The good news is we believe we have an agreement to retain Lab Assistants in our unit—that is more than 100 positions, the bad news is that management now says that it was a mistake to tell us that we could retain Sign Language Interpreters. (We intend to retain them since they have been ours historically and there is no sensible place to put them in any other unit.) We believe we also have an agreement on Class Size, but last night management  said they were unwilling to sign at this point.

The current Salary offer from management is unacceptable since somewhere around 400 jobs would be red-circled for both full and part-time faculty and the raise offer is meager to say the least.

We are proposing schedules that would not privilege one group of members more than another–management’s proposal is somewhat in favor of teaching faculty but hostile to others in our unit such as advisors, tutors, and other academic professionals. The schedules we are presenting tonight would result fewer of our members being red-circled. An additional struggle is that we are working to clean up HR’s data….so that we understand the exact impact of what we are discussing.

We will let you know how things are evolving. No contract is better than a bad contract; your team remains committed to improving our collective bargaining agreement. We have no meetings scheduled next week but three evening sessions scheduled during kick-off week. Please plan to attend our General Membership Meeting on Wednesday, August 24, 2016 from 1-3:00 PM in Dart Auditorium for additional updates. 



Last week we met with LCC’S management team three times. MAHE’s team gave management a new counter-proposal on compensation seeking to address some of their concerns and still give all members of our unit a raise. In addition, MAHE gave counter-proposals on Article XXI Professional Compensation—which addresses placement and movement on schedules, Article XXII Employee Benefits, and Article XI Workload.  We received no counters from them, but they did ask to meet with them August 8 and 9, (dates they had previously declined) and they asked if we could start at 8:00 AM on Friday this week instead of 9:00.

We continue to work hard towards a settlement, but know we are certainly at a critical point. We will keep you informed about our progress or lack of progress in the next few days.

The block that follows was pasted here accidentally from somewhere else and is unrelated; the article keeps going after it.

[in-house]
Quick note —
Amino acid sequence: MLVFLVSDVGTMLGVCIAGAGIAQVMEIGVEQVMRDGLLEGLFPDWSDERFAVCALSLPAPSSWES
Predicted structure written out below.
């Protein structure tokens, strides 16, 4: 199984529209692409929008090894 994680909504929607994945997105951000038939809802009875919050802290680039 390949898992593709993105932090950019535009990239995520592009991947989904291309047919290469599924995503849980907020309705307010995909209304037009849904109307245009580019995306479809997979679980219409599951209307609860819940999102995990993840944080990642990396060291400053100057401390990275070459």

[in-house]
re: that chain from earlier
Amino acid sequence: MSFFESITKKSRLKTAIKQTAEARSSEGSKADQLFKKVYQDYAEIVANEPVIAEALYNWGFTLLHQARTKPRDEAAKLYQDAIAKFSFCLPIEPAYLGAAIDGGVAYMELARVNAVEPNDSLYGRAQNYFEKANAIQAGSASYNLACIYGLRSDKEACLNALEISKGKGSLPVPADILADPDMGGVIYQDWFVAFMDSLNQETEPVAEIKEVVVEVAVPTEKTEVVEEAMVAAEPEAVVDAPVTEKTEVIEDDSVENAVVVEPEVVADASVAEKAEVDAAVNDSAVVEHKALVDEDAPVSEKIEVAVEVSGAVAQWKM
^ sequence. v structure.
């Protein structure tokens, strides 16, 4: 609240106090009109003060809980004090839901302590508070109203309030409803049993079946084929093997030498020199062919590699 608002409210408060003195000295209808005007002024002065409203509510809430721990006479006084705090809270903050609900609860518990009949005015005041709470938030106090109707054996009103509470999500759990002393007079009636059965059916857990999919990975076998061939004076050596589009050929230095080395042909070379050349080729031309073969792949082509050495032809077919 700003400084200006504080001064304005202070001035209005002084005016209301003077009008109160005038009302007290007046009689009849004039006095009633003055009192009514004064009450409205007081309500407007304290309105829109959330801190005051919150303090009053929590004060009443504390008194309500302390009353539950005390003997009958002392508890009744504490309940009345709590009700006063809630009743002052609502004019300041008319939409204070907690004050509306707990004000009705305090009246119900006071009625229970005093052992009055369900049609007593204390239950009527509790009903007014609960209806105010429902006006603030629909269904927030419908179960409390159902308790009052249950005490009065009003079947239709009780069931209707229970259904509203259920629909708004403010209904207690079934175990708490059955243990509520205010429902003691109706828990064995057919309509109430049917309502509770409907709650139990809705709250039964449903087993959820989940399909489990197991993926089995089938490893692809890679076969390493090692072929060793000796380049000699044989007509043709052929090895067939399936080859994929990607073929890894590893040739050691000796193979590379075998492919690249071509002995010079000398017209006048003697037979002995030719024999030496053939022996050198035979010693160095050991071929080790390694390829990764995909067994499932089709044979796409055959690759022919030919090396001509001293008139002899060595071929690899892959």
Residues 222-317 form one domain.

This week your bargaining team got the last piece of the financial offer from management. (We had seen part of it last week and I referenced that in a previous update.) We met two days this week.  Management’s offer was miles away from what we can accept. Many members both full and part time would NOT receive any raise, and hundreds would receive nothing after the first two years of the contract.

We are still analyzing the exact impact of their proposal. We have major differences with management about how raises should be spread, but we think we understand their theory and we have had time to discuss as a team how to counter their offer. Monday we will caucus as a team to construct a counter offer. We are scheduled to bargain Tuesday, Thursday, and Friday next week. We expect to also discuss leaves, load, and employment practices because these all intertwine with the finances.

Yet another topic this week was Academic Calendar. Management has moved to a summer schedule proposal that would more closely align with MSU. We are encouraging that because we believe that that would allow for recruitment or enrollment of MSU students here at LCC. (Which would mean more work of MAHE members!) We have made a proposal that would do the same for Fall and Spring Semesters—but we don’t know if we can convince management to move. We believe that recruitment and scheduling will help more people achieve success at LCC.

Expect to hear more about bargaining next week.



Contract Negotiations:  As you know we presented a first financial offer to management at the end of June—it proposed modest raises for all members. Today management brought their first financial offer to the table. If accepted, this offer would result in raises for some members, movement of some members out of the unit, and no raise for others for part of the life of the agreement and no raise for others for the entire new contract.